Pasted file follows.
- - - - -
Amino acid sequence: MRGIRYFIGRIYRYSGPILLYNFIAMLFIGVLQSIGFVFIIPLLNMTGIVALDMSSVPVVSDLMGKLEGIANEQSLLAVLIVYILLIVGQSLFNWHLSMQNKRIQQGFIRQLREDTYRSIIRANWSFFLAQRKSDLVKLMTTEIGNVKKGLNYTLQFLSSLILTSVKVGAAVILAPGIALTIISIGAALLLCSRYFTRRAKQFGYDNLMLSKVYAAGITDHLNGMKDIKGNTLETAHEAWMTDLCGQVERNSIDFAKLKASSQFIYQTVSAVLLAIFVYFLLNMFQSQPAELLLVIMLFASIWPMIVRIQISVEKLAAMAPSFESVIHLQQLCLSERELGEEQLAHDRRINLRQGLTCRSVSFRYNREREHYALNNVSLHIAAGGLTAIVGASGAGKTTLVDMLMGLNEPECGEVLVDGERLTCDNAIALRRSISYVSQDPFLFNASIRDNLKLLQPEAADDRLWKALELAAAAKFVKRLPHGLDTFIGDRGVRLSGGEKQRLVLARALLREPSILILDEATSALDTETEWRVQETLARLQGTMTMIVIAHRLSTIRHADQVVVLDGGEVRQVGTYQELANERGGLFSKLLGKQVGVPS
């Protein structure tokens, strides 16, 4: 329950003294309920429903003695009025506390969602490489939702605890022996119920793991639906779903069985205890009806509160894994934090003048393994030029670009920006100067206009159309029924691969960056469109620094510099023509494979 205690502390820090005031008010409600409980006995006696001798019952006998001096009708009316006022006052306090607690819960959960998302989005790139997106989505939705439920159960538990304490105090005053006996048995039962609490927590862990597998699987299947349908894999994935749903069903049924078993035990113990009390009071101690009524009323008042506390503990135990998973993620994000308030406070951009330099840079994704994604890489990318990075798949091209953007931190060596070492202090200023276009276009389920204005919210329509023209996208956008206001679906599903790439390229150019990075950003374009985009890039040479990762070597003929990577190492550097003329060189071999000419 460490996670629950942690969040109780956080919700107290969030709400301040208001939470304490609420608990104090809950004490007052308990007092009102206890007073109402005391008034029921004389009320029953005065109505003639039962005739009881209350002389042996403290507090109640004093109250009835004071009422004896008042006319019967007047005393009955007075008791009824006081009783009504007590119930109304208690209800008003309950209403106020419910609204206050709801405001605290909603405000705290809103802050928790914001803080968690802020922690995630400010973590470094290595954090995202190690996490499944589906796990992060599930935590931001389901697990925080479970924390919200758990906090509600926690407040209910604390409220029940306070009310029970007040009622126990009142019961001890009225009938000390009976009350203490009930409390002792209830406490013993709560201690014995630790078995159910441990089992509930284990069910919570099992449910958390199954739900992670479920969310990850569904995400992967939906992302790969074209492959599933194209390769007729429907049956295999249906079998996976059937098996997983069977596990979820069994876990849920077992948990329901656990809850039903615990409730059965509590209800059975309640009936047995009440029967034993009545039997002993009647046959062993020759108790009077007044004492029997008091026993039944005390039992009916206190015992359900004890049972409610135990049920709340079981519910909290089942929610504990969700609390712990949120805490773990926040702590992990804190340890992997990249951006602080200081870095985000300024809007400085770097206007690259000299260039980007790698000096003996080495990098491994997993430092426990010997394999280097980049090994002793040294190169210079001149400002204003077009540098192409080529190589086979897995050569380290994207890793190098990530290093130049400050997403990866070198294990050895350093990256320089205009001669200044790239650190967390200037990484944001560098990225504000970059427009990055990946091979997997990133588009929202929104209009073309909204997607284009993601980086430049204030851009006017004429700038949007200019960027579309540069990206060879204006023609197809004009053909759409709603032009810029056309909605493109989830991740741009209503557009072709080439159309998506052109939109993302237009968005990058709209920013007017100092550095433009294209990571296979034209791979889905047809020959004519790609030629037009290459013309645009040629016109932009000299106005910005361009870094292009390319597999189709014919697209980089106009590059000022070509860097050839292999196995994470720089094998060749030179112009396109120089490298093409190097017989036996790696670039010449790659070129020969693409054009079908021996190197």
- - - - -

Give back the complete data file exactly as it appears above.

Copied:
Amino acid sequence: MRGIRYFIGRIYRYSGPILLYNFIAMLFIGVLQSIGFVFIIPLLNMTGIVALDMSSVPVVSDLMGKLEGIANEQSLLAVLIVYILLIVGQSLFNWHLSMQNKRIQQGFIRQLREDTYRSIIRANWSFFLAQRKSDLVKLMTTEIGNVKKGLNYTLQFLSSLILTSVKVGAAVILAPGIALTIISIGAALLLCSRYFTRRAKQFGYDNLMLSKVYAAGITDHLNGMKDIKGNTLETAHEAWMTDLCGQVERNSIDFAKLKASSQFIYQTVSAVLLAIFVYFLLNMFQSQPAELLLVIMLFASIWPMIVRIQISVEKLAAMAPSFESVIHLQQLCLSERELGEEQLAHDRRINLRQGLTCRSVSFRYNREREHYALNNVSLHIAAGGLTAIVGASGAGKTTLVDMLMGLNEPECGEVLVDGERLTCDNAIALRRSISYVSQDPFLFNASIRDNLKLLQPEAADDRLWKALELAAAAKFVKRLPHGLDTFIGDRGVRLSGGEKQRLVLARALLREPSILILDEATSALDTETEWRVQETLARLQGTMTMIVIAHRLSTIRHADQVVVLDGGEVRQVGTYQELANERGGLFSKLLGKQVGVPS
């Protein structure tokens, strides 16, 4: 329950003294309920429903003695009025506390969602490489939702605890022996119920793991639906779903069985205890009806509160894994934090003048393994030029670009920006100067206009159309029924691969960056469109620094510099023509494979 205690502390820090005031008010409600409980006995006696001798019952006998001096009708009316006022006052306090607690819960959960998302989005790139997106989505939705439920159960538990304490105090005053006996048995039962609490927590862990597998699987299947349908894999994935749903069903049924078993035990113990009390009071101690009524009323008042506390503990135990998973993620994000308030406070951009330099840079994704994604890489990318990075798949091209953007931190060596070492202090200023276009276009389920204005919210329509023209996208956008206001679906599903790439390229150019990075950003374009985009890039040479990762070597003929990577190492550097003329060189071999000419 460490996670629950942690969040109780956080919700107290969030709400301040208001939470304490609420608990104090809950004490007052308990007092009102206890007073109402005391008034029921004389009320029953005065109505003639039962005739009881209350002389042996403290507090109640004093109250009835004071009422004896008042006319019967007047005393009955007075008791009824006081009783009504007590119930109304208690209800008003309950209403106020419910609204206050709801405001605290909603405000705290809103802050928790914001803080968690802020922690995630400010973590470094290595954090995202190690996490499944589906796990992060599930935590931001389901697990925080479970924390919200758990906090509600926690407040209910604390409220029940306070009310029970007040009622126990009142019961001890009225009938000390009976009350203490009930409390002792209830406490013993709560201690014995630790078995159910441990089992509930284990069910919570099992449910958390199954739900992670479920969310990850569904995400992967939906992302790969074209492959599933194209390769007729429907049956295999249906079998996976059937098996997983069977596990979820069994876990849920077992948990329901656990809850039903615990409730059965509590209800059975309640009936047995009440029967034993009545039997002993009647046959062993020759108790009077007044004492029997008091026993039944005390039992009916206190015992359900004890049972409610135990049920709340079981519910909290089942929610504990969700609390712990949120805490773990926040702590992990804190340890992997990249951006602080200081870095985000300024809007400085770097206007690259000299260039980007790698000096003996080495990098491994997993430092426990010997394999280097980049090994002793040294190169210079001149400002204003077009540098192409080529190589086979897995050569380290994207890793190098990530290093130049400050997403990866070198294990050895350093990256320089205009001669200044790239650190967390200037990484944001560098990225504000970059427009990055990946091979997997990133588009929202929104209009073309909204997607284009993601980086430049204030851009006017004429700038949007200019960027579309540069990206060879204006023609197809004009053909759409709603032009810029056309909605493109989830991740741009209503557009072709080439159309998506052109939109993302237009968005990058709209920013007017100092550095433009294209990571296979034209791979889905047809020959004519790609030629037009290459013309645009040629016109932009000299106005910005361009870094292009390319597999189709014919697209980089106009590059000022070509860097050839292999196995994470720089094998060749030179112009396109120089490298093409190097017989036996790696670039010449790659070129020969693409054009079908021996190197």